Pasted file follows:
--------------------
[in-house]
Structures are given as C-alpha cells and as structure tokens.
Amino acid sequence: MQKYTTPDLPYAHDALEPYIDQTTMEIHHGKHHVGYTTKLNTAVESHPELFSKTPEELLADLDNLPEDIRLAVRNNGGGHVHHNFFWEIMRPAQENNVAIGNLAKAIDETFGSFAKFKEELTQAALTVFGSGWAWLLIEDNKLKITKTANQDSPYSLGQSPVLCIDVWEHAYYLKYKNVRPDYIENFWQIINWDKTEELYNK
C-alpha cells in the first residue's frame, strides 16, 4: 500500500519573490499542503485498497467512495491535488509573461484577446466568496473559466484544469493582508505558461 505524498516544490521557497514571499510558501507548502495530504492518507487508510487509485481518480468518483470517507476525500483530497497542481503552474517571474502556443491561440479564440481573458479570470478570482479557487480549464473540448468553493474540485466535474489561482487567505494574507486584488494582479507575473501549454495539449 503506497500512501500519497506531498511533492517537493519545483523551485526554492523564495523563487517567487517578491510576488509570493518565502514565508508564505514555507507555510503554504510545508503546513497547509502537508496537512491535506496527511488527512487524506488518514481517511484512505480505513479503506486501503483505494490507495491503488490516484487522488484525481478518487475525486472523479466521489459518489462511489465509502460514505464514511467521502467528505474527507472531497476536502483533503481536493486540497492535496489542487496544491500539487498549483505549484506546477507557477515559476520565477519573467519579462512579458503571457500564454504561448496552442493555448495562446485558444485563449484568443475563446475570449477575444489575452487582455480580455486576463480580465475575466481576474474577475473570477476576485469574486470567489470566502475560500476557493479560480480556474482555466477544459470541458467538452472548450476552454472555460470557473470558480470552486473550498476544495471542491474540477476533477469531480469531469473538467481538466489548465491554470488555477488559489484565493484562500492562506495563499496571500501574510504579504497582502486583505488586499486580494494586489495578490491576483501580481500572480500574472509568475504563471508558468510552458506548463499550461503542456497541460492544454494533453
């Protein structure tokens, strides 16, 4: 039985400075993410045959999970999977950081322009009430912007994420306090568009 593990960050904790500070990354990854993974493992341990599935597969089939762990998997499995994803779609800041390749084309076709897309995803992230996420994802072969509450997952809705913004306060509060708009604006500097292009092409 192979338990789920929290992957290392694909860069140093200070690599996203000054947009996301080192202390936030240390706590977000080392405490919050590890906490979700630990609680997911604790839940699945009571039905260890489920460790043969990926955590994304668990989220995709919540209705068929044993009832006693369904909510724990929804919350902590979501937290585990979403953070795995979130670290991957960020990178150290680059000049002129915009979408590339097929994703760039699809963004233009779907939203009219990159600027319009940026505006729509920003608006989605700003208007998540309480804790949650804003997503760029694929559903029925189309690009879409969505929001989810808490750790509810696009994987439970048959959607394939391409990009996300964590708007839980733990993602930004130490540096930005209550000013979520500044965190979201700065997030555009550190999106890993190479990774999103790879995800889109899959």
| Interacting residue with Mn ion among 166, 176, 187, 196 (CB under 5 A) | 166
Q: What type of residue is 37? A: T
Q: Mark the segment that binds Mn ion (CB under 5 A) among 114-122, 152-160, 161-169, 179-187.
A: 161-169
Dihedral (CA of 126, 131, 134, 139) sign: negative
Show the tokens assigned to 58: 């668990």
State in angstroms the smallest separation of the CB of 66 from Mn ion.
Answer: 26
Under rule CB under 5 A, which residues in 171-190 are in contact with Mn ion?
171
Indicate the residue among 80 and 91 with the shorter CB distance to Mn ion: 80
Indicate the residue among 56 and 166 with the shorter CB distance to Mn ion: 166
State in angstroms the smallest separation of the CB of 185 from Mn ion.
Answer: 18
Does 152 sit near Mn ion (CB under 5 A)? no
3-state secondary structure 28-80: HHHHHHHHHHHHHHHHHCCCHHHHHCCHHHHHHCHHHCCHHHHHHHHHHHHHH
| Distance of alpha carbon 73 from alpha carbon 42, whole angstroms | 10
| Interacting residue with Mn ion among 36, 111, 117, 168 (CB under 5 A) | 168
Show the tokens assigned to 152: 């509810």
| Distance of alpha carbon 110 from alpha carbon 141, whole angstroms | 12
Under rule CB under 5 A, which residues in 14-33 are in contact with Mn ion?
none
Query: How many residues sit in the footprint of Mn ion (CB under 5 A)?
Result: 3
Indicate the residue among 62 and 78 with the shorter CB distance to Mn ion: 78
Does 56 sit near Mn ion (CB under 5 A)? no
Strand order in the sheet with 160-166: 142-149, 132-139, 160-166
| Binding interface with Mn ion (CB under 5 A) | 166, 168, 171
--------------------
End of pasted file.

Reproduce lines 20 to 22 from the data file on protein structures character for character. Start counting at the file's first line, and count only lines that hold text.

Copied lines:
Does 152 sit near Mn ion (CB under 5 A)? no
3-state secondary structure 28-80: HHHHHHHHHHHHHHHHHCCCHHHHHCCHHHHHHCHHHCCHHHHHHHHHHHHHH
| Distance of alpha carbon 73 from alpha carbon 42, whole angstroms | 10